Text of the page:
“We still continue to harvest more nutrients than we replace in soil,” he says. If a country is extracting oil, people worry about what will happen if the oil runs out. But they don’t seem to worry about what will happen if we run out of soil.

Adds Rattan Lal, soil scientist: “Political stability, environmental quality, hunger, and poverty all have the same root. In the long run, the solution to each is restoring the most basic of all resources, the soil.”

Edited by Lisa Vives

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For Zimbabweans, Universal Education May be an Unattainable Goalhttp://www.ipsnews.net/2014/12/for-zimbabweans-universal-education-may-be-an-unattainable-goal/?utm_source=rss&utm_medium=rss&utm_campaign=for-zimbabweans-universal-education-may-be-an-unattainable-goal http://www.ipsnews.net/2014/12/for-zimbabweans-universal-education-may-be-an-unattainable-goal/#comments Wed, 24 Dec 2014 16:39:07 +0000 Jeffrey Moyo http://www.ipsnews.net/?p=138406 Primary school children like the ones pictured here in Zimbabwe's capital Harare often drop out of school, casting doubts on this Southern African nation's capacity to achieve universal primary education for all by December 2015. Credit: Jeffrey Moyo/IPS

Primary school children like the ones pictured here in Zimbabwe's capital Harare often drop out of school, casting doubts on this Southern African nation's capacity to achieve universal primary education for all by December 2015. Credit: Jeffrey Moyo/IPS

By Jeffrey Moyo
HARARE, Dec 24 2014 (IPS)

Zimbabwe boasts of one of the highest rates of literacy across Africa but, but without free primary education, achieving universal primary education here may remain a pipe dream, educationists say.

It would also defeat Zimbabwe’s quest to reach the United Nations Millennium Development Goals (MDGs) by the deadline of 2015.

One of the MDGs requires countries the world over to achieve universal primary education by the end of 2015 and reintroduce free primary education. But more than 34 years after gaining independence from Britain, educationists say Zimbabwe is far from attaining universal primary education for all.

“Hordes of pupils enrolled in schools after independence at a time the Zimbabwean government made education free at primary school level,” Thabo Hlalo, a retired educationist from Zimbabwe’s Midlands Province, told IPS.“Without free primary education, school attendance has become intermittent, meaning that achieving universal primary education in line with the U.N. MDGs may remain imaginary for Zimbabwe” – Thabo Hlalo, retired educationist from Zimbabwe’s Midlands Province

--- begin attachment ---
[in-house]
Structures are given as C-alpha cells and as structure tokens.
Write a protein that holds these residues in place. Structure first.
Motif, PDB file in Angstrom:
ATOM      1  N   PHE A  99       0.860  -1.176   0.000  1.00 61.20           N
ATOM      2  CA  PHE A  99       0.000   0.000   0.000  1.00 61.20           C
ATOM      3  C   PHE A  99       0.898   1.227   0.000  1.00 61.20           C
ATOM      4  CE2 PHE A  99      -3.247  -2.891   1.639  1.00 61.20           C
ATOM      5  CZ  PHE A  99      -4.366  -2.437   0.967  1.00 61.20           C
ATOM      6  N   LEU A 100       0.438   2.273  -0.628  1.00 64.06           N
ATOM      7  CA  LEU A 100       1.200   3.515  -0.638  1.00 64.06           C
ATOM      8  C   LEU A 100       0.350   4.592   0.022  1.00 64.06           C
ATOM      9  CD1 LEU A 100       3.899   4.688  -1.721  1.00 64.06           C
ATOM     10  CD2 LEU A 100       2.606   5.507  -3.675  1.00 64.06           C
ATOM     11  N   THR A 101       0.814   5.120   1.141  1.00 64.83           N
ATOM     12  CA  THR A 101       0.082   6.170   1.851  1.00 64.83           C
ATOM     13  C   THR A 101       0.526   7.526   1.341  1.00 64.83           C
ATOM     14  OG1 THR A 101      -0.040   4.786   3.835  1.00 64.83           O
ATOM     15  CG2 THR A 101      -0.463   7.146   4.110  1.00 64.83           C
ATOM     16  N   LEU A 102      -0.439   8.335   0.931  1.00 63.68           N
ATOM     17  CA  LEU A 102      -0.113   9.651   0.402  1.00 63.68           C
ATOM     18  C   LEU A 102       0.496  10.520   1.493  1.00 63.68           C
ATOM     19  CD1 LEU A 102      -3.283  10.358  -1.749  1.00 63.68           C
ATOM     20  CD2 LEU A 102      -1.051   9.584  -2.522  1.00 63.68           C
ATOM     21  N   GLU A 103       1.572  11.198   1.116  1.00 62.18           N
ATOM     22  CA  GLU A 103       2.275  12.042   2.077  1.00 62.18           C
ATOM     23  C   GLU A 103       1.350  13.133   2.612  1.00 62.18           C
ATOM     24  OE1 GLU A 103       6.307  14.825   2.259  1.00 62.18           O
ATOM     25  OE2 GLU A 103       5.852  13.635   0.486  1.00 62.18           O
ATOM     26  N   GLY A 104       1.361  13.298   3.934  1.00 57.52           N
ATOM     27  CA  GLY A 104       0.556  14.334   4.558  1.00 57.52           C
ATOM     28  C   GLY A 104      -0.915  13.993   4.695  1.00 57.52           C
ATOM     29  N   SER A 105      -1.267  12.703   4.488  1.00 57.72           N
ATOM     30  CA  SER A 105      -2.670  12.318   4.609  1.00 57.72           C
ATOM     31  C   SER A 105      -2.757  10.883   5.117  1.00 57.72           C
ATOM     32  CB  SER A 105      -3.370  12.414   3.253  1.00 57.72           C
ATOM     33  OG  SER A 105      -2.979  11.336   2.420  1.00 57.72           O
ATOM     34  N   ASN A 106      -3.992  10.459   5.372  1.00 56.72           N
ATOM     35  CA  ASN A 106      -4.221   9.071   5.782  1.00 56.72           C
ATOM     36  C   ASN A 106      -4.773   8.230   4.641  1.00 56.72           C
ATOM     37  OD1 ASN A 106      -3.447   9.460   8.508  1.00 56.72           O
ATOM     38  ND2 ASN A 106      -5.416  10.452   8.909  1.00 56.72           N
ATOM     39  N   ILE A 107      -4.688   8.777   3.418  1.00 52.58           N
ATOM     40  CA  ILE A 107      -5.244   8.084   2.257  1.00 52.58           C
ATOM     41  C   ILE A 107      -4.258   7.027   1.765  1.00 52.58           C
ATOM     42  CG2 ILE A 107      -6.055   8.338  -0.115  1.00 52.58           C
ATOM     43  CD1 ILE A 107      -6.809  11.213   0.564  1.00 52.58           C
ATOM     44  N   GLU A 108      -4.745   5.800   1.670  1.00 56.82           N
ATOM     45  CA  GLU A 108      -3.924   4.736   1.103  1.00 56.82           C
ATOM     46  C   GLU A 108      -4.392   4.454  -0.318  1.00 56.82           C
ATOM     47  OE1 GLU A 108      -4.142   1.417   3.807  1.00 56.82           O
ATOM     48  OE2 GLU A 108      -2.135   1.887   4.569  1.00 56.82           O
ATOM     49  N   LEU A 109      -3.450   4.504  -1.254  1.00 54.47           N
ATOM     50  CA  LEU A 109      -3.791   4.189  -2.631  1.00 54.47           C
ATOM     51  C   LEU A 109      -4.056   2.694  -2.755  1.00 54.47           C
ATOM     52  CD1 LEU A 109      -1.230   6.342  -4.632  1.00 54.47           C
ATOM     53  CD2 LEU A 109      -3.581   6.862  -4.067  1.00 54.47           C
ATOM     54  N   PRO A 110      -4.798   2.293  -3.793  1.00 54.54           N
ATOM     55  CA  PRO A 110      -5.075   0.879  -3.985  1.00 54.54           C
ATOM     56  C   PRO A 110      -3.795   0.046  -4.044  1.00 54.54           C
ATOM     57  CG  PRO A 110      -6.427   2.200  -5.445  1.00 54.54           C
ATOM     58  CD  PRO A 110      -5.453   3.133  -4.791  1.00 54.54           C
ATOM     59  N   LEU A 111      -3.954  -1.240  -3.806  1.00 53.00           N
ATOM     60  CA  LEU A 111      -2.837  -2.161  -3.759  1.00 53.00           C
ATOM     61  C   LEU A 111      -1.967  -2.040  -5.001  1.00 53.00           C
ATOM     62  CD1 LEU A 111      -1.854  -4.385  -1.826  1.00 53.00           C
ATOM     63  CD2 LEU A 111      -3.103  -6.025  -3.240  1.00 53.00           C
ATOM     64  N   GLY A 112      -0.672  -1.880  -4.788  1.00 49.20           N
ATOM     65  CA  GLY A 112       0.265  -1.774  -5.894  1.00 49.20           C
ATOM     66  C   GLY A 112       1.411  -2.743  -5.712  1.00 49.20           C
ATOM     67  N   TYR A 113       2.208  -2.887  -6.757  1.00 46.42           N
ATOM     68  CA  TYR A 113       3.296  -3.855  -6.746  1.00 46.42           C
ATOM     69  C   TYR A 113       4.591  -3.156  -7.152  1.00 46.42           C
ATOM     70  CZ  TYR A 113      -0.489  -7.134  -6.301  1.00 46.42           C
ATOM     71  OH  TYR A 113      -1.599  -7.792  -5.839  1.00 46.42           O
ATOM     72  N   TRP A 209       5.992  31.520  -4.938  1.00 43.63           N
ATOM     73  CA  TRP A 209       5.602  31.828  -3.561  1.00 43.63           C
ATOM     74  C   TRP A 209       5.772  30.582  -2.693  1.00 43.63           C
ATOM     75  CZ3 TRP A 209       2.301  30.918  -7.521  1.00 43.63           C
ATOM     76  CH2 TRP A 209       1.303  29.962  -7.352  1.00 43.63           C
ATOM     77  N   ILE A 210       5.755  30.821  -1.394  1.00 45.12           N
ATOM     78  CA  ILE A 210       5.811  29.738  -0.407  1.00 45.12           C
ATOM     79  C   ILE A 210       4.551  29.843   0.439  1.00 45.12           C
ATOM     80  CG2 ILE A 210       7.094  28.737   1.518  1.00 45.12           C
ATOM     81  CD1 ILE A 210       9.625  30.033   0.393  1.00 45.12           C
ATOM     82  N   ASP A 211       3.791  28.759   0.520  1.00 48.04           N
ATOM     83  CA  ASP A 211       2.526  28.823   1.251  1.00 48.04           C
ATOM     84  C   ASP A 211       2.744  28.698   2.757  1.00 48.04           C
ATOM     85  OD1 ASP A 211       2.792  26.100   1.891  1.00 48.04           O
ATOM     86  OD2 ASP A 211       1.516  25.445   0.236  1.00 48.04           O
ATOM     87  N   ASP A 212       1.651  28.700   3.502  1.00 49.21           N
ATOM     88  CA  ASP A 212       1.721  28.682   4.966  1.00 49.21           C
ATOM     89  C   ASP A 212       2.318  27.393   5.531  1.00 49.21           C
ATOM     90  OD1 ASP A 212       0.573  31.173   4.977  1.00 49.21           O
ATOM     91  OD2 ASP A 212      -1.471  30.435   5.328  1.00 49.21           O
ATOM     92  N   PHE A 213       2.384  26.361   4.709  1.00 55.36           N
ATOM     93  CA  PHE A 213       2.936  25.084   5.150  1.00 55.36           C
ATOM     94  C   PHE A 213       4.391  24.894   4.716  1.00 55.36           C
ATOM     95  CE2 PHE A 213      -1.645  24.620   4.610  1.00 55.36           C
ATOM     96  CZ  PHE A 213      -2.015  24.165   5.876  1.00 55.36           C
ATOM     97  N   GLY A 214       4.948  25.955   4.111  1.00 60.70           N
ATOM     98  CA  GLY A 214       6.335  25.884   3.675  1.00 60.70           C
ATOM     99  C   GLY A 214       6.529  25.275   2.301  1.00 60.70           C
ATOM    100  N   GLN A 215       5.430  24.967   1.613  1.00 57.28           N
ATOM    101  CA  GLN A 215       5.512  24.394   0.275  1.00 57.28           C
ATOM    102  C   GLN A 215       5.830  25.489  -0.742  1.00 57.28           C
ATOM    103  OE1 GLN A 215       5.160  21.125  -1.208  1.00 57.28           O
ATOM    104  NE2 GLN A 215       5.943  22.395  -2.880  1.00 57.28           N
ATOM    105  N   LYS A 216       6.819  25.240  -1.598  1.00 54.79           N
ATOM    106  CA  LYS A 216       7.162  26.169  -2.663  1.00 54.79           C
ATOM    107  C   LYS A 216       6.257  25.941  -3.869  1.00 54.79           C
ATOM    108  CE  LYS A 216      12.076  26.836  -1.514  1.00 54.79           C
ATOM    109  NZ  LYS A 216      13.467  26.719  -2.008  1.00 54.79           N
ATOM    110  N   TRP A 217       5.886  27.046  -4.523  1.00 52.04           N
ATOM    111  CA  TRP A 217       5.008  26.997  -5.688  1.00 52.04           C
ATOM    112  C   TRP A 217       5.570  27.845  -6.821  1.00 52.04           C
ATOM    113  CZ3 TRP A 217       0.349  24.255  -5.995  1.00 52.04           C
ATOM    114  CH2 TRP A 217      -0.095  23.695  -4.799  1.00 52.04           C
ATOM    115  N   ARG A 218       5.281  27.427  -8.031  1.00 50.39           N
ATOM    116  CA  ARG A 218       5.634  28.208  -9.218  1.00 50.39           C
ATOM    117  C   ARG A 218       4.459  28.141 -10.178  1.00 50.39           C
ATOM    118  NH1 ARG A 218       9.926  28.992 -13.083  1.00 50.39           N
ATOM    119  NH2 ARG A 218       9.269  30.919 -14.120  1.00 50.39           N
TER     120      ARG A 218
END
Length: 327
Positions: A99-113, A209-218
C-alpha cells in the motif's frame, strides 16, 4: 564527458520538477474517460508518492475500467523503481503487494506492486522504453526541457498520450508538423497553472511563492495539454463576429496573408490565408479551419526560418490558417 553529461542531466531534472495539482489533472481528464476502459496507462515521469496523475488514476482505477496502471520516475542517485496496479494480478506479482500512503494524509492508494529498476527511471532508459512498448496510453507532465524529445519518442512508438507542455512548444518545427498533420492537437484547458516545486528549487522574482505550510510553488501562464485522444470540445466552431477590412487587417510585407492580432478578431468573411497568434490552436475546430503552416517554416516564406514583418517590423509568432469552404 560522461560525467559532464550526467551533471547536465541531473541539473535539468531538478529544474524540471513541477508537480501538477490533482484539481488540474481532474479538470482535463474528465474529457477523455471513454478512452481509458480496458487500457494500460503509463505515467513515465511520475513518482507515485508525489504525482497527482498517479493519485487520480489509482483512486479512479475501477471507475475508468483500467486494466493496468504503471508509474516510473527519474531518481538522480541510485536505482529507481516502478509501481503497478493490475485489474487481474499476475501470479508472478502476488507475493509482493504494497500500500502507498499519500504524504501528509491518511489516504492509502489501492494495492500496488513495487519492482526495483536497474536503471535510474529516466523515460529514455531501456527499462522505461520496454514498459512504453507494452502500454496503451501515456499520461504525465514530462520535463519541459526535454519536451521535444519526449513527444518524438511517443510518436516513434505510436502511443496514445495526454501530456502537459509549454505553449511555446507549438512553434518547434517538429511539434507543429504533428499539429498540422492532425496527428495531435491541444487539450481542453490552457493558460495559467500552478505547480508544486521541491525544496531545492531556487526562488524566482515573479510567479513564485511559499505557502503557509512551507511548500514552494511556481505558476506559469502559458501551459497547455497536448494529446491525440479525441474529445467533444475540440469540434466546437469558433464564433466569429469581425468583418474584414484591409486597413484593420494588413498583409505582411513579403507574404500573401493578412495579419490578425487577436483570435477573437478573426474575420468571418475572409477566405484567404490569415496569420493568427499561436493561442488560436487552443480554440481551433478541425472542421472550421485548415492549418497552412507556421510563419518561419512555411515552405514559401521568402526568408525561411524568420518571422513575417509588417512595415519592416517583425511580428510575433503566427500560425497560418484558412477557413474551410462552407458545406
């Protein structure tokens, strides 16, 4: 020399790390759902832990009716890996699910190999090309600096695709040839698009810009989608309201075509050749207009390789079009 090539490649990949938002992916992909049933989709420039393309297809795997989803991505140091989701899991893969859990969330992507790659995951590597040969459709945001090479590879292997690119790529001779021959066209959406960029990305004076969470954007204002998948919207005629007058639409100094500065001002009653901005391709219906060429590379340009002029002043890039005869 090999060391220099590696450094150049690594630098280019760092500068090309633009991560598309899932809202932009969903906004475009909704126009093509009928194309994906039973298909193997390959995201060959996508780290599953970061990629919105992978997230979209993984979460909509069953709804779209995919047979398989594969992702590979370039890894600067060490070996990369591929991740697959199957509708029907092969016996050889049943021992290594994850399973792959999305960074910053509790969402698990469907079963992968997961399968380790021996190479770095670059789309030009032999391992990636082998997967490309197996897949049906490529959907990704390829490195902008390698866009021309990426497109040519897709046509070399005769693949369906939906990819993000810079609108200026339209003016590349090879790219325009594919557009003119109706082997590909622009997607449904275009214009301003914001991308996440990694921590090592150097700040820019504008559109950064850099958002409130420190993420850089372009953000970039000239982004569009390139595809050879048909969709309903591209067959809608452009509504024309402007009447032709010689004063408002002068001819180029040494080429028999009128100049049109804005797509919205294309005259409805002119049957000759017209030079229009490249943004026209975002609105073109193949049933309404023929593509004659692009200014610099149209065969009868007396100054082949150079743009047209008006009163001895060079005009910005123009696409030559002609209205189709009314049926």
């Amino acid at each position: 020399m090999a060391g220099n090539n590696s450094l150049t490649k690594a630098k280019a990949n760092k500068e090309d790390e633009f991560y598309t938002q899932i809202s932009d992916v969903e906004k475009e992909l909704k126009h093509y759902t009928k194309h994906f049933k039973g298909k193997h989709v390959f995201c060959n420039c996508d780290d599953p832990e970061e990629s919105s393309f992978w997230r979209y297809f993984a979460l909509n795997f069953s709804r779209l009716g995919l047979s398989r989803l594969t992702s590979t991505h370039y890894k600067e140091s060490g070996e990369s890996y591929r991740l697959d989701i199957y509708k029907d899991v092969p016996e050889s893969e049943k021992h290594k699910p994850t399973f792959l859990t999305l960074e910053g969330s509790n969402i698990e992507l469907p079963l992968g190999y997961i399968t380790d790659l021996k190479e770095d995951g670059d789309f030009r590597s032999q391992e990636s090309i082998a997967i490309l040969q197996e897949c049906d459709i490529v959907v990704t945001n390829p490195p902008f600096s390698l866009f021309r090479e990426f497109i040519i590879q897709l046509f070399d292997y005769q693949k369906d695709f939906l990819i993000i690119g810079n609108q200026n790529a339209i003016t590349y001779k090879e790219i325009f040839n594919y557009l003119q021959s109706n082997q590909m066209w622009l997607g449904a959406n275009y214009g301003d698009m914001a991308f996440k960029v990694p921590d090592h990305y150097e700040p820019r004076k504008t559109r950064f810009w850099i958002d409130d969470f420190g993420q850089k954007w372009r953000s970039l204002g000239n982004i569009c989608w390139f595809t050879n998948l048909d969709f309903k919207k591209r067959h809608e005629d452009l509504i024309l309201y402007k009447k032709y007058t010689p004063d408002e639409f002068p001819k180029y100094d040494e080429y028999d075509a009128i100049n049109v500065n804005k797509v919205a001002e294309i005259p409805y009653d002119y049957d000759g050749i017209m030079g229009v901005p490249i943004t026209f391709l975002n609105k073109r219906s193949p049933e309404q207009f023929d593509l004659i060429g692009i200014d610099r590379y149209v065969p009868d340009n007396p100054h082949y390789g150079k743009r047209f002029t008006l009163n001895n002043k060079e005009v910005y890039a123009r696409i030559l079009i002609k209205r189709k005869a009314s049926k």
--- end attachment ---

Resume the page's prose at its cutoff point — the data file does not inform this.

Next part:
”But now without free primary education, school attendance has become intermittent, meaning that achieving universal primary education in line with the U.N. MDGs may remain imaginary for Zimbabwe.”

At independence in 1980, the Zimbabwean government abolished all primary school tuition fees, but they have now crept in and crept up. Parents not only contend with fees that they cannot afford but also with expensive essentials like notebooks and uniforms.

Early this year, Zimbabwe reportedly approached the United Kingdom for funds to help cover fees for an estimated one million pupils who would otherwise be forced out of school. The cash-strapped government said it was unable to finance its Basic Education Assistance Module (BEAM), a scheme meant for poor children.

The U.K. government provided 10 million dollars from its Department for International Development but warned it may be the last contribution.

The school fees have been defended by Zimbabwe’s Education Minister Lazarus Dokora, who has gone on record as saying that parents who default on the fees should be taken to court.

Dokora’s “warning” comes despite the fact that at least 95 percent of Zimbabweans voted in a referendum in March last year to adopt a new Constitution expressly granting free primary education to all. Specifically, Section75 (1) (a) of the Zimbabwean Constitution provides for the right to state-funded basic education.

Despite this constitutional provision, it is still a sad story for many children like 9-year-old Tobias Chikota from Harare’s Caledonia informal settlement located about 30km south-east of Harare, the Zimbabwean capital.

“I dropped out of school early this year because my unemployed parents couldn’t afford to pay my school feels,” Chikota, who at the time was in Primary Four, told IPS.

While it is a requirement for nations to ensure a predictable and adequate state budget allocation to education under the MDGs, civil society activists here say the Zimbabwean government seems way off the mark in terms of prioritising education.

“Despite the impending deadline for the attainment of the MDGs, our government has not been and remains inconsistent in its budgetary structures in practically directing money towards education, which may make the attainment of universal primary education for all difficult, if not impossible, by 2015,” Catherine Mukwapati, a civil society activist and director of the Youth Dialogue Action Network, a democracy lobby group in Zimbabwe, told IPS.

Earlier this year, the Zimbabwean government allocated 919 million dollars to the country’s education sector in its 2015 national budget announcement, but for Mukwapati these were “mere void commitments made on paper, hardly followed by action as customary with our government.

Through UNICEF’s Education Transition Fund (ETF), the Zimbabwean government distributed 13 million textbooks to 5,575 schools countrywide in 2010, resulting in each pupil in primary schools countrywide receiving a set of four basic textbooks.